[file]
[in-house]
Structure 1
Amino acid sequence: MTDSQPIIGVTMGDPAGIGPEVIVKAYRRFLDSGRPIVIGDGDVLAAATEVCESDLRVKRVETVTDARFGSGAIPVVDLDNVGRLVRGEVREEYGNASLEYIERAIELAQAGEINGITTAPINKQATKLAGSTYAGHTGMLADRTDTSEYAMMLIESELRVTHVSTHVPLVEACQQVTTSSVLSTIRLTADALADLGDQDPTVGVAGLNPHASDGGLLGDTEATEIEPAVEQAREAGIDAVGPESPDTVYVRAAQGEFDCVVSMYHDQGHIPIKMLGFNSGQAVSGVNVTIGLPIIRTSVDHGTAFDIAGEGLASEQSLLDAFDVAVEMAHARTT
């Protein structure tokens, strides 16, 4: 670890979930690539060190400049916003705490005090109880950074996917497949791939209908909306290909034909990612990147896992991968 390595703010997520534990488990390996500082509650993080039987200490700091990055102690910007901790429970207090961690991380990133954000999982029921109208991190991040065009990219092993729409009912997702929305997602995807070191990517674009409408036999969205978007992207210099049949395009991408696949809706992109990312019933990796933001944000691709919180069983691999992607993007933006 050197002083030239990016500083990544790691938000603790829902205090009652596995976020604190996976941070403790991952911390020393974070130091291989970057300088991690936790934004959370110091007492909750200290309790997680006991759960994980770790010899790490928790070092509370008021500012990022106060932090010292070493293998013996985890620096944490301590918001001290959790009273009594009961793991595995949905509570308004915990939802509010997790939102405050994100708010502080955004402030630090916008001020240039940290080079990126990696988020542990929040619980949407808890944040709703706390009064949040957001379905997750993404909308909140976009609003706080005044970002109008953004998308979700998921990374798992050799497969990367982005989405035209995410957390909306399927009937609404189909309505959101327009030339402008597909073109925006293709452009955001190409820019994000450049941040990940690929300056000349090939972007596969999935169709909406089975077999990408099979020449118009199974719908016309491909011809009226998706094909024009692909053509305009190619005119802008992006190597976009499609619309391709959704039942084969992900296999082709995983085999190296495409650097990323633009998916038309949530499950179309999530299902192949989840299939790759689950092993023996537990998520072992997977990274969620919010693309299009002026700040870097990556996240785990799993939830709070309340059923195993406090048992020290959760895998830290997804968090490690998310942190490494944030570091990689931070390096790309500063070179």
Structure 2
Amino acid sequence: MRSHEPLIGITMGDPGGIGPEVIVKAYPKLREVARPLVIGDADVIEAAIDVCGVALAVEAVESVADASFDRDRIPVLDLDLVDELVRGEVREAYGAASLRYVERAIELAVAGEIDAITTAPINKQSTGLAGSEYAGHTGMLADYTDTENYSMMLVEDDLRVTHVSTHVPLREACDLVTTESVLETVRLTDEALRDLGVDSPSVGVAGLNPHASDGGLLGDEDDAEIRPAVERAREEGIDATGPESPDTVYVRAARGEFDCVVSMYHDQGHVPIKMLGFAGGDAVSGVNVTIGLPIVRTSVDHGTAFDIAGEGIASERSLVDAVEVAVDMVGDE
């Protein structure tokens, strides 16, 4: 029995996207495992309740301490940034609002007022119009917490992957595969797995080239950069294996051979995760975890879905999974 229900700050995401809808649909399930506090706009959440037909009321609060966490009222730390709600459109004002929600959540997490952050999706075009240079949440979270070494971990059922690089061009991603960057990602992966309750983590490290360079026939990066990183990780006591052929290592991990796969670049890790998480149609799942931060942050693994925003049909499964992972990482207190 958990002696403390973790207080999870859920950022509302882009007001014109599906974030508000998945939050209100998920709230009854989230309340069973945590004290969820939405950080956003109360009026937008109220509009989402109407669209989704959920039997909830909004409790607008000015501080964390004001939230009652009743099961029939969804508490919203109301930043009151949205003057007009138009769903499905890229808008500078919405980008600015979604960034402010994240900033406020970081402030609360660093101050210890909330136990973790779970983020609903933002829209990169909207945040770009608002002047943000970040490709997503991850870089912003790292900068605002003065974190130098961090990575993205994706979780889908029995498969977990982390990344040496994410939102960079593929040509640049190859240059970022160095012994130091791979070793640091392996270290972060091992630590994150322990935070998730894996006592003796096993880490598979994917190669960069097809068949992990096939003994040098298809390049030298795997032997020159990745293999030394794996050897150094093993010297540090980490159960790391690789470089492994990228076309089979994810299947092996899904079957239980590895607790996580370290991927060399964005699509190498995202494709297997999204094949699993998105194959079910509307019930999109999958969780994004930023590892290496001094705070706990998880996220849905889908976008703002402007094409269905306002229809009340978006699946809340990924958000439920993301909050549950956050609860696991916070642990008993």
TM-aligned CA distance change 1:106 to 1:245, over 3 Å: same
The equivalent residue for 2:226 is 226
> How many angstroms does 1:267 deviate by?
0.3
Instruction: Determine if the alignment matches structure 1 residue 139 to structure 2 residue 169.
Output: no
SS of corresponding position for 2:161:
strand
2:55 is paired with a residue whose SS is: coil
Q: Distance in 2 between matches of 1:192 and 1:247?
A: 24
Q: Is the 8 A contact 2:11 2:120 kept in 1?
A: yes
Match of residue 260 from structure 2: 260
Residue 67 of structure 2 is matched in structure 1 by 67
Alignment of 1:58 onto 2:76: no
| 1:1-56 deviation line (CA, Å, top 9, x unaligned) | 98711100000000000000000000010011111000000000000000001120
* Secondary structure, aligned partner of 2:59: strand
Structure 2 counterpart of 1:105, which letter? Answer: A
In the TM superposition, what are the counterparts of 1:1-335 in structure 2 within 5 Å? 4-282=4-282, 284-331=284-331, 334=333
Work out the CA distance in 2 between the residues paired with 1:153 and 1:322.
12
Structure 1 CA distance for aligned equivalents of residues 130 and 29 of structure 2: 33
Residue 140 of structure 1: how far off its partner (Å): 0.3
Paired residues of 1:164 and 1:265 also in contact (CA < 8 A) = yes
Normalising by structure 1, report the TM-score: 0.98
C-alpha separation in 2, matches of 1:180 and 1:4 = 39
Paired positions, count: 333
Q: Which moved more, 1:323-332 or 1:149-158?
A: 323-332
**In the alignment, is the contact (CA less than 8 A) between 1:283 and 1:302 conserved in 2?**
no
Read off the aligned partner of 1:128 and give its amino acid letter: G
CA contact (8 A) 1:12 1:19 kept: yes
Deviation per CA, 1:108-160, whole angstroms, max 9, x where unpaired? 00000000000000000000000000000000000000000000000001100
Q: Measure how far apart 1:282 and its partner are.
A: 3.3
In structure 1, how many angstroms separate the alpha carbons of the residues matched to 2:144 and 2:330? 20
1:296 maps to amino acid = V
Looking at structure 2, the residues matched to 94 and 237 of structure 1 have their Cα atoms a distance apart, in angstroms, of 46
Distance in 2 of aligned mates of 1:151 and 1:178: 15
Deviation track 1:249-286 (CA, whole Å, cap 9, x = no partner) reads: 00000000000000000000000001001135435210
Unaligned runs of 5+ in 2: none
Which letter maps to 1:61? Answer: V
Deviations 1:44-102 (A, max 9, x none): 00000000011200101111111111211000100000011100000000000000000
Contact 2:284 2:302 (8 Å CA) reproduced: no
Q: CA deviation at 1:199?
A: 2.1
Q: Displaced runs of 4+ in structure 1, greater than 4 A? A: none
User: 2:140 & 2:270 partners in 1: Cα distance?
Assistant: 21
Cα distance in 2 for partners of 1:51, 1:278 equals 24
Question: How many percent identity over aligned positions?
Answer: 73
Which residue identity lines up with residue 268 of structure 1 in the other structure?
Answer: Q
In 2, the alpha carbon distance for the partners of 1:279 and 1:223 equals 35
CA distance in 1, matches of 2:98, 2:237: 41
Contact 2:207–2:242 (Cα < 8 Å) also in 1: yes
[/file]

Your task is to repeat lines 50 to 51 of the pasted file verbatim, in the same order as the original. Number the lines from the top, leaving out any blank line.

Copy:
Unaligned runs of 5+ in 2: none
Which letter maps to 1:61? Answer: V